“I am not an Ulsterman but yesterday, the First of July, as I followed their amazing attack, I felt that I would rather be an Ulsterman than anything else in the world. My pen cannot describe adequately the hundreds of heroic acts I witnessed, the Ulster Volunteer Force, from which the Division was made, has won a name that equals any in history. Their devotion deserves the gratitude of the British empire.”
These are the words of Wilfrid (not “Wilfred”) Spender, Plymouth-born newspaper manager, quartermaster of the Ulster Volunteers, general staff officer of the 36th (Ulster) Division, winner of the Military Cross for actions at Thiepval, and Cabinet Secretary of the new “Northern Ireland” in 1921.
The Ulster Tower memorial is in the top left and the Thiepval Memorial To The Missing is in the top right. The emblems are of the Royal Irish Rifles.
Main Street, Greyabbey, Co. Down, on the outside wall of the Orange Hall.
The Downtime summer festival is held annually in August (covid-permitting) (Fb). The 2019 event included street art at the junction of St Patrick’s Avenue and Market Street. From left to right (top to bottom in this post), the art is by DMC & JMK (ig), KVLR (ig), emic (ig), Dan Leo (ig), Friz (ig).
Magnús Óláfsson – Magnus Barelegs – was king of Norway from 1093 to 1103 and raided settlements in Ireland, Scotland, Wales, the isle of Man, and Sweden. During a second campaign around the Irish Sea he was killed somewhere near the River Quoile, which flows through Downpatrick, and was buried close to St Patrick’s church. (WP) The Magnus Viking Association (Fb) hosts an annual Magnus Viking festival.
The mural is by friz (web) in Church Street, Downpatrick.
A space and a question-mark were left at the bottom of the rainbow for future stars, in particular for then-seventeen-year-old up-and-comer Trevor Carson (Glasgow Times) who indeed went on to win his first (senior) cap in 2018 and currently has eight in total. He was added to the mural in 2021 (tw).
Braeside Gardens/Frederick Street, Killyleagh. Carson’s mother lives in the estate (Sunderland Echo).
With GameStore from the National Lottery you can win up to 2 million quid, with the St Molaise lotto you can win considerably less (the current jackpot is 6,450 pounds) but support your local GAA club (specifically St Molaise in Irvinestown). If you’re trying to recover anything – or anyone – that has been lost, St Anthony is the main chance.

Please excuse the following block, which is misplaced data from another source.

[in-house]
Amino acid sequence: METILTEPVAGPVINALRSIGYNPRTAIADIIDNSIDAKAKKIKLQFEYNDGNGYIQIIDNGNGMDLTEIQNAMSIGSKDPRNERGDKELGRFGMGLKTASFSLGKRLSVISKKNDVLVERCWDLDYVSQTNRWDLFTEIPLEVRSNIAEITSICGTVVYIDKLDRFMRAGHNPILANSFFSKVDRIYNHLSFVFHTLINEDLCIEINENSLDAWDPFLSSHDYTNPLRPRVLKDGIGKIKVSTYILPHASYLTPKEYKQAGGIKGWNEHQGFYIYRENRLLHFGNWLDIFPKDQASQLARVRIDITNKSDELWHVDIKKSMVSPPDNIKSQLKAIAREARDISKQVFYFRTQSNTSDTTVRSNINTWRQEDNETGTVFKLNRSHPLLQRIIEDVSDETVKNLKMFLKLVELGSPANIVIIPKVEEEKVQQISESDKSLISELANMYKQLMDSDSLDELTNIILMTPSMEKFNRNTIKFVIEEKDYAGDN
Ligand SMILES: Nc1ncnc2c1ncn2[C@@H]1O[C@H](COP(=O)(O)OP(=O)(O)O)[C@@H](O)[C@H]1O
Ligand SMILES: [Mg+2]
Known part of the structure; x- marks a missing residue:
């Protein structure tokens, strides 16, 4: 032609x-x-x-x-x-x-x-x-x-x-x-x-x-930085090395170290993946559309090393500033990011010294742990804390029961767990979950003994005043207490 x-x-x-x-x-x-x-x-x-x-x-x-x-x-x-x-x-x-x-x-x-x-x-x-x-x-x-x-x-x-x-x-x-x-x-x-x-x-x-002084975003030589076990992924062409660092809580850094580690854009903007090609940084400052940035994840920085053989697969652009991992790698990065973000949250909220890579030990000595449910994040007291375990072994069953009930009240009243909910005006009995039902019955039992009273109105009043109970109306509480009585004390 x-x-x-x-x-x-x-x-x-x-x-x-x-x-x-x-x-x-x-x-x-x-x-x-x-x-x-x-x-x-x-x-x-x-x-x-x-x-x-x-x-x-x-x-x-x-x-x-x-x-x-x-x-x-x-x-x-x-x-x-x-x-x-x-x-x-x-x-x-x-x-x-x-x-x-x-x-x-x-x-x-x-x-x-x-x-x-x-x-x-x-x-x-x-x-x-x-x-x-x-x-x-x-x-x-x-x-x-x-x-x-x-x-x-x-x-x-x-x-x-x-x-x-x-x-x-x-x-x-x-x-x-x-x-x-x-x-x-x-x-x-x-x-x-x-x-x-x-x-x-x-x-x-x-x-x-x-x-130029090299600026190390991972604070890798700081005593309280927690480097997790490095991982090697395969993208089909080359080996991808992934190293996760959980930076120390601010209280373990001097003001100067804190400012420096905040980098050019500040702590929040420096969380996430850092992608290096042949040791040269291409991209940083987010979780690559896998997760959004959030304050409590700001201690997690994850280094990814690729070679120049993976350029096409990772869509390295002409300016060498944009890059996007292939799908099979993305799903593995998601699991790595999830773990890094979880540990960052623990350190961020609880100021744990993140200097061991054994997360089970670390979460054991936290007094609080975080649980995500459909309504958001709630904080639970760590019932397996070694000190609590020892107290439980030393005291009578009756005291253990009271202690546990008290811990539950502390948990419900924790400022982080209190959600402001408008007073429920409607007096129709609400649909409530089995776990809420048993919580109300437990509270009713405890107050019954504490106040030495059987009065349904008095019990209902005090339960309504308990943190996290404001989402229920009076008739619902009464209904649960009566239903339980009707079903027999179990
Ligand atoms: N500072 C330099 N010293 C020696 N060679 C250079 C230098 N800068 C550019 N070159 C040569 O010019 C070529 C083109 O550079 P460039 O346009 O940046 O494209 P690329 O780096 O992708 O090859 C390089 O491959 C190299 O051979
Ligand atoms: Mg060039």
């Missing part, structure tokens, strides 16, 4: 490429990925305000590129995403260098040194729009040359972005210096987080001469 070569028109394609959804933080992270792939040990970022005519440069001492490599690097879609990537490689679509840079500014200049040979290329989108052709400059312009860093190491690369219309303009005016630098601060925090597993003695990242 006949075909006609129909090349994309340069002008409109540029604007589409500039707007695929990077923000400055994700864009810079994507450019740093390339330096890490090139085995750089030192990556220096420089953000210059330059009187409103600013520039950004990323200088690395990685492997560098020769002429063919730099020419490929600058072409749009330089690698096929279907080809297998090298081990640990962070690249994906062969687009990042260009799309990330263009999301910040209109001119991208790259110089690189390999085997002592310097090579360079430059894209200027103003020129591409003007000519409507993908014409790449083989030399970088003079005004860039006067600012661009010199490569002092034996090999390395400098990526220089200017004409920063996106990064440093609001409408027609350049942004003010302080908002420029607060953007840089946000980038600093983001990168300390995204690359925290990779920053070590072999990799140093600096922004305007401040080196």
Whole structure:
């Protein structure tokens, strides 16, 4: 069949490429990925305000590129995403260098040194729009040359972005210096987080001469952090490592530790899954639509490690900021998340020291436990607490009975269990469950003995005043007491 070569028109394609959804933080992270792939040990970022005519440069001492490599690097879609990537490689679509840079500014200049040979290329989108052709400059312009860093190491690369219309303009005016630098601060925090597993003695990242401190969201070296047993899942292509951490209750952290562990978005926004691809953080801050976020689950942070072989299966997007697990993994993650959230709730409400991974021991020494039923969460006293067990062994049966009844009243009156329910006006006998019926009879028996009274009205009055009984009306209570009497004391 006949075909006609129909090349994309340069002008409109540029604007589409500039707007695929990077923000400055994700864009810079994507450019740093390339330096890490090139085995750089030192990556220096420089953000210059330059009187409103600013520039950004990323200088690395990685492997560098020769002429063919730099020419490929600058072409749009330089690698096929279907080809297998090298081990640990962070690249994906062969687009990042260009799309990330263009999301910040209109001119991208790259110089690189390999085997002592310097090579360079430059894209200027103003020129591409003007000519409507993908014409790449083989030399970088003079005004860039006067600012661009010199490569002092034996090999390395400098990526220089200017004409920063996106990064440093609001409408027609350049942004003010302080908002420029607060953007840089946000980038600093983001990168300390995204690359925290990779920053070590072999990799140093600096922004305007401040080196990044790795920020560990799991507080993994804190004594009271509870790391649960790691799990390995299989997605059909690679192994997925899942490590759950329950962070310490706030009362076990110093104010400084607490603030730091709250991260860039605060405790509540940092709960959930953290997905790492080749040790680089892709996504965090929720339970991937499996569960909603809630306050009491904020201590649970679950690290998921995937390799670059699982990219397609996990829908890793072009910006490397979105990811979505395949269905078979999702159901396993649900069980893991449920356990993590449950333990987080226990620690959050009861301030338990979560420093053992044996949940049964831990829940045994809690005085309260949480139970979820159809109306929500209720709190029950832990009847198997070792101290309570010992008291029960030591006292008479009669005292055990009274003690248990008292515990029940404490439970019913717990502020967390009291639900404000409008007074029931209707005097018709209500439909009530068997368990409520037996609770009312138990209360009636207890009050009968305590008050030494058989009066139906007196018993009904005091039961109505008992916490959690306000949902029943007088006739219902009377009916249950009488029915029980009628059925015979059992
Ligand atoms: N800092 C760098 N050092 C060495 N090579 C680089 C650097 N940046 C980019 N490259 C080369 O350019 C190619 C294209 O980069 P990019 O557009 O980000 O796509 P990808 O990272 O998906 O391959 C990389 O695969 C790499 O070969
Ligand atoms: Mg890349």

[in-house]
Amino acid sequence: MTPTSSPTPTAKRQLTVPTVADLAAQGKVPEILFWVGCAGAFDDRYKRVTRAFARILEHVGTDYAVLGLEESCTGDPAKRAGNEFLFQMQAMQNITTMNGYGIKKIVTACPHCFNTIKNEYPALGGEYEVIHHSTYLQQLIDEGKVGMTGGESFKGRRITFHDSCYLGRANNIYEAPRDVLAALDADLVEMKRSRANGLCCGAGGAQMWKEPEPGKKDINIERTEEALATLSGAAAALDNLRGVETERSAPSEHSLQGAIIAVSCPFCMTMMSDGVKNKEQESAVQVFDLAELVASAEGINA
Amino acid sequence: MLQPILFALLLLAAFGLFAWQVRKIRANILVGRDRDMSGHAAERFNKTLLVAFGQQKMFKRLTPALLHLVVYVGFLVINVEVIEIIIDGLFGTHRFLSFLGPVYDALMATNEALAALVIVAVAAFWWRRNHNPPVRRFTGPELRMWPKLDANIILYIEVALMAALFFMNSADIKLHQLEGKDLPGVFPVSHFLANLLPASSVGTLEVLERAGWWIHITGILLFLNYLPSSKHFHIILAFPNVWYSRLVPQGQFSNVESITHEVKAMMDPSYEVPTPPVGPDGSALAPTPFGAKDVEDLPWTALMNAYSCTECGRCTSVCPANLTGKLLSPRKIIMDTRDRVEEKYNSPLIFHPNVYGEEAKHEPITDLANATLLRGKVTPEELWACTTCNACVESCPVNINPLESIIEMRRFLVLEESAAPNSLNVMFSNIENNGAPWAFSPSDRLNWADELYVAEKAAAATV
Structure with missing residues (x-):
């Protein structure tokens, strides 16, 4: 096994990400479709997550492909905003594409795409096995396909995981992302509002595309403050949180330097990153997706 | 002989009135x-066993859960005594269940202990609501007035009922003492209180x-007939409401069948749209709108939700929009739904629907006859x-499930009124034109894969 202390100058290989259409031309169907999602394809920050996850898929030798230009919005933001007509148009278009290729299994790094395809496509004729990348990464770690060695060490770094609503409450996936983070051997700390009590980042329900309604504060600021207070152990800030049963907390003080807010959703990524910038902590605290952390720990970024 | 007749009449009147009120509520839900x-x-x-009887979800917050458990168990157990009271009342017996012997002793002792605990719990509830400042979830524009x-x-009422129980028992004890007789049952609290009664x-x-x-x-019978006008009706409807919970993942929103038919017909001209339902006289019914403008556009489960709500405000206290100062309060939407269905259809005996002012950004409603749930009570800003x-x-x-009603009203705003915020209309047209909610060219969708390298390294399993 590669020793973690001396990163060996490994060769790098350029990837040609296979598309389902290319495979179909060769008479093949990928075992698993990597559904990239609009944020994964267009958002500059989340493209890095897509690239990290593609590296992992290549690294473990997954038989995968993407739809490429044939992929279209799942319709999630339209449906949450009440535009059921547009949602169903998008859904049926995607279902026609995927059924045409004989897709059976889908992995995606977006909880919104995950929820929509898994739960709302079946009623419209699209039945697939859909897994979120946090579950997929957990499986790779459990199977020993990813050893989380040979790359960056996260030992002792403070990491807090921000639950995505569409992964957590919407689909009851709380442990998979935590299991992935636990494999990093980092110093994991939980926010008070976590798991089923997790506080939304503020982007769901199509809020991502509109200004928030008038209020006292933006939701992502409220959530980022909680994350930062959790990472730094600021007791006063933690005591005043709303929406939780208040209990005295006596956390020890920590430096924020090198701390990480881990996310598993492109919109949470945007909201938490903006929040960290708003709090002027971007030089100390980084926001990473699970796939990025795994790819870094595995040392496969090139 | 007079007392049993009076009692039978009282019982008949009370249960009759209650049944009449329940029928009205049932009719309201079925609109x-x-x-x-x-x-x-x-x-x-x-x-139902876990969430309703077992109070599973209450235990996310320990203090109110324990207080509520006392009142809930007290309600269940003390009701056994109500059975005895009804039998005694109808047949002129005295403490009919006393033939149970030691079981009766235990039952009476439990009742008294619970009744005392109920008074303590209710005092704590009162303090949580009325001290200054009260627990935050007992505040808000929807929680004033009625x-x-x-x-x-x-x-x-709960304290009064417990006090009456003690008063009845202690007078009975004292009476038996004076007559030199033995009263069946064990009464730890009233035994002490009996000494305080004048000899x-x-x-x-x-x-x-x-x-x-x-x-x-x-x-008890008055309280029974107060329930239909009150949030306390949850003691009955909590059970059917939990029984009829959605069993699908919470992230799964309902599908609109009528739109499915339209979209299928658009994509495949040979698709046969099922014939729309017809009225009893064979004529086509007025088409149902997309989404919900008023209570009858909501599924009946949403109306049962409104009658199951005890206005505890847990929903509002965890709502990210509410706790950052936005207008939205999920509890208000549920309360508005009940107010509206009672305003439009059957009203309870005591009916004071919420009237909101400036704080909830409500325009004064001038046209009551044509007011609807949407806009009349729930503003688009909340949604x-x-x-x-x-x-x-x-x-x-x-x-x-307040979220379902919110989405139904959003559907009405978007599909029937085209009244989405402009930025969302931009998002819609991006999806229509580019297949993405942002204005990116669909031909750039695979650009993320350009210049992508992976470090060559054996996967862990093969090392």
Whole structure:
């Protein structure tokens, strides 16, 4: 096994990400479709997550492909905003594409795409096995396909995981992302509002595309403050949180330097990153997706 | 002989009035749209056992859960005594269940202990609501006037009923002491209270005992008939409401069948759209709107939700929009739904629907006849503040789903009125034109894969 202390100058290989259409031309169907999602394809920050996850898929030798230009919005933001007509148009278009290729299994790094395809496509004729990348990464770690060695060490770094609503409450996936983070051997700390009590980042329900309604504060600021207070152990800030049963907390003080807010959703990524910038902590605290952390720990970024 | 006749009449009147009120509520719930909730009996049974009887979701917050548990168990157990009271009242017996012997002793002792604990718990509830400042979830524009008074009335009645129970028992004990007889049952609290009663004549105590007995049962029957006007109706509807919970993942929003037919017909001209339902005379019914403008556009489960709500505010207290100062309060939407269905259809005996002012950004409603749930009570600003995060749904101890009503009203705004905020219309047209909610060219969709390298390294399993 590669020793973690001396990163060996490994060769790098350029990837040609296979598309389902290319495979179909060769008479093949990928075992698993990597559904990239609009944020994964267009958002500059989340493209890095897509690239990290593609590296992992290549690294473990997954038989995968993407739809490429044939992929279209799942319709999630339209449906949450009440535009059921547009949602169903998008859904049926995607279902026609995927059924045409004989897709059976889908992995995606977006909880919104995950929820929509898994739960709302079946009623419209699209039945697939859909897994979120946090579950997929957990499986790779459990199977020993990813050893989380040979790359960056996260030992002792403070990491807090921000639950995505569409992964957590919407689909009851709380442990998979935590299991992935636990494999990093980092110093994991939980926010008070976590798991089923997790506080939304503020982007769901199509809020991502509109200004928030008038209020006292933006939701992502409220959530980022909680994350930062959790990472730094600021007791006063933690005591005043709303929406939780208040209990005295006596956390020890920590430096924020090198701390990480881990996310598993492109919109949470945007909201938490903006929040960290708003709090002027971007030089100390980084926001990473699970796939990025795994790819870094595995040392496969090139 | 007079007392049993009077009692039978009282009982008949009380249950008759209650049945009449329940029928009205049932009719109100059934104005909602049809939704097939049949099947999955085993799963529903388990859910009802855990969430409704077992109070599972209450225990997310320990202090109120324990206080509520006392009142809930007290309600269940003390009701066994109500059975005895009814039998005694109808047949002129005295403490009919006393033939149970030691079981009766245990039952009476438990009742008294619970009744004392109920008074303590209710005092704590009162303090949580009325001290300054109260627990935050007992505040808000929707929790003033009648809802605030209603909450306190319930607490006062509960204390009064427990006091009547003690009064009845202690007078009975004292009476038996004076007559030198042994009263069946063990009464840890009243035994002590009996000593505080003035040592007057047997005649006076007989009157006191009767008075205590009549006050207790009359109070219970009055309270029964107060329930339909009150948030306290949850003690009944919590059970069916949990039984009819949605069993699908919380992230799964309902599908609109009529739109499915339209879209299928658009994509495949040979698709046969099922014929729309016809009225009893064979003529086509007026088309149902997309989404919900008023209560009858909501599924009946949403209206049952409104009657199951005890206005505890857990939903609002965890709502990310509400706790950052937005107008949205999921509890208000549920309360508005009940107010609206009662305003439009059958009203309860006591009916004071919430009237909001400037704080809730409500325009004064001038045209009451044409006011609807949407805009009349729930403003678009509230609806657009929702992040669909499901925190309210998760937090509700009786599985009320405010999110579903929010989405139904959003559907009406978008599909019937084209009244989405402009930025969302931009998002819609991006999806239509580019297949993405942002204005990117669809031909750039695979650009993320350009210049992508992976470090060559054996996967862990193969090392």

The war memorial in Redburn Square, Holywood, was removed in 2017 while the square was redeveloped (Belfast Live). It returned that November (County Down Spectator Fb) with a new base and several additions have been made since then, including the bench above (with art deco styling), a NI Centenary stone (below), and reproduction photographs from the period covering the utility box (final image), including one of the statue many years previously – it was sculpted by Leonard Merrifield and unveiled January, 1922, with the dedication a few months later (History Hub Ulster video | Wartime NI). In addition to the names of 110 locals who perished in the Great War, there are 28 names from WWII (Ulster War Memorials) and one from the Korean War (Traces Of War).
Our History In The Making – NI Beyond 100 is a NI Office programme collecting stories showcasing Northern Ireland “on the world stage”. It has lent its brand to the Ballycarry centenary boards shown in today’s post, which have black-and-white photographs on the left (beginning with “Home to Ballycarry – General Sir James Stuart Steele visits his birthplace”) and colour photographs on the right (beginning with children visiting the Steele monument).
A ‘Stand With Ukraine’ flag and Ulster Banner fly above the walls; a bonfire is being hastily erected in the background.
Ballykinlar barracks in County Down was originally Abercorn barracks, used by the British to intern IRA prisoners during the War Of Independence, and the use continued under the new Northern Irish government (WP); the camp held about 2,000 prisoners (McGuffin, ch. 5). The prisoners attempted to maintain their military structure and perform drills; they created a currency using cardboard discs (images can be seen at Old Currency Exchange) – and, as a way to keep up morale, worked on “autograph books” in which prisoners would write dedications and verses for one another and occasionally draw pictures. The pages shown here are from books currently exhibited in Monaghan County Museum; Offaly Archives has digitised an autograph book; a few more images from a book in the Kilmainham collection can be seen at the BBC.
Benjamin West painted The Battle Of The Boyne in 1778 and his composition – with William moving from left to right on a white horse and Marshal Schomberg dying in the bottom-right corner – has become the standard representation in loyalist culture, perhaps due to versions of it appearing on the covers of songbooks for the Orange Order and the Apprentice Boys soon after (Belinda Loftus 1982 Images In Conflict). It appears here on the wall of Whitehead Orange Hall, along with a board connecting service by Irish soldiers in British forces in WWI and Afghanistan (see previously: Time Changes in east Belfast).
Glentaisie Drive – site of this mural by Friz (web | tw | ig) – is named for Glentaisie, the glen – one of the nine Glens Of Antrim, at the foot of which lies Ballycastle – and Glentaisie is named for Taise Taobhgheal (Taise the bright-cheeked), daughter of King Donn of Rathlin island, renowned for her beauty, and who lived in the glen with her husband Congal, who had to kill the Norwegian king Nabghdon to prevent her being carried off (Archaeology Ireland). Or so they say. She also inspired the name “Fair Head” for the local cliffs. Or so they say.
In later years (1565), Sorley Boy MacDonnell was taken prisoner by the O’Neill’s after a battle in Glentaisie (WP).